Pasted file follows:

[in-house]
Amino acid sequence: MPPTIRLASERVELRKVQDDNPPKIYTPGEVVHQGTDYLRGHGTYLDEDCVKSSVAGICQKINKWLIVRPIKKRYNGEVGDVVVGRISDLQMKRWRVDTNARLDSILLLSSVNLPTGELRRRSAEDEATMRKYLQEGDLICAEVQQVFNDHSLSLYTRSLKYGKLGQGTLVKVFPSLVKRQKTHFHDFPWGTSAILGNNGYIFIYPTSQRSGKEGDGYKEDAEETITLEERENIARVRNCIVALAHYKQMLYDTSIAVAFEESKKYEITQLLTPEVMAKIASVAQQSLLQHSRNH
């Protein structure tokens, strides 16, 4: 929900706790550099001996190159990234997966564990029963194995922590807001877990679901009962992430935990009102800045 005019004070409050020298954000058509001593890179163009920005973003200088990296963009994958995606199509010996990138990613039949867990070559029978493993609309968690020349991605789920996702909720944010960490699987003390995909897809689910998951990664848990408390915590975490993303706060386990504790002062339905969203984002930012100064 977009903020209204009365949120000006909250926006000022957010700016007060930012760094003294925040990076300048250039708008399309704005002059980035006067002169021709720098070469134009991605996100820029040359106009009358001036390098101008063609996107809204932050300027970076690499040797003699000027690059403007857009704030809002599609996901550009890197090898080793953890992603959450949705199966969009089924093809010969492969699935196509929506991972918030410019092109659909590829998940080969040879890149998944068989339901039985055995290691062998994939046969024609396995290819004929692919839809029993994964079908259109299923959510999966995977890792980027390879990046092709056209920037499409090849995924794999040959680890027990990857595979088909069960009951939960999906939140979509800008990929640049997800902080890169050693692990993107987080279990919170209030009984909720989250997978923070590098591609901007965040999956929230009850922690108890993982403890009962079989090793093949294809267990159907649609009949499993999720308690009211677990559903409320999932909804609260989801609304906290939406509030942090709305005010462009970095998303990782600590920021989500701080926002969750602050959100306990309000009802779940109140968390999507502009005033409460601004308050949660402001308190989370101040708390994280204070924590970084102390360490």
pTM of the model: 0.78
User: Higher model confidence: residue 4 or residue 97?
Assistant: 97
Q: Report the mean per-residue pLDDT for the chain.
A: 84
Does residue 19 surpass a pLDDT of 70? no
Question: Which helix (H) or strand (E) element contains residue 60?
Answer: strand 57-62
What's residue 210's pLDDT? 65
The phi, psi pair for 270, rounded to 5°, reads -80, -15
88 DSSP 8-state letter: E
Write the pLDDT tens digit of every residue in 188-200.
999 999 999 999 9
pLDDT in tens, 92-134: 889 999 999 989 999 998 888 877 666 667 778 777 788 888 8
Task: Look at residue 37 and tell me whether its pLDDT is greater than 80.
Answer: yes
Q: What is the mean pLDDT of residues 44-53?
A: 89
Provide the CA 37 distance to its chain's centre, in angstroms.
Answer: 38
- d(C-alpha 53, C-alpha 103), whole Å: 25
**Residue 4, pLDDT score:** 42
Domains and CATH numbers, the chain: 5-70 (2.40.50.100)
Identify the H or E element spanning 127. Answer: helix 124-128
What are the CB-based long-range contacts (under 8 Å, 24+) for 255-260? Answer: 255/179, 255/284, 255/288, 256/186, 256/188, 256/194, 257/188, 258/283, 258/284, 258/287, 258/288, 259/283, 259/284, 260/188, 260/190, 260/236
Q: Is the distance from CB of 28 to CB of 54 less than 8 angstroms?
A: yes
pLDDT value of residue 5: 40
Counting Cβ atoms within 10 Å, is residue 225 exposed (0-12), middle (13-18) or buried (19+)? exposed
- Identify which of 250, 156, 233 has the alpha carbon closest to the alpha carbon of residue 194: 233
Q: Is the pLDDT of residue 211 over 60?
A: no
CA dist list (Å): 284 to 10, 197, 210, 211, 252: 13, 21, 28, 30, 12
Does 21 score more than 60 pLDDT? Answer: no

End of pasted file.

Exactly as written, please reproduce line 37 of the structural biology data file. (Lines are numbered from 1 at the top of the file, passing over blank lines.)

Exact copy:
Does 21 score more than 60 pLDDT? Answer: no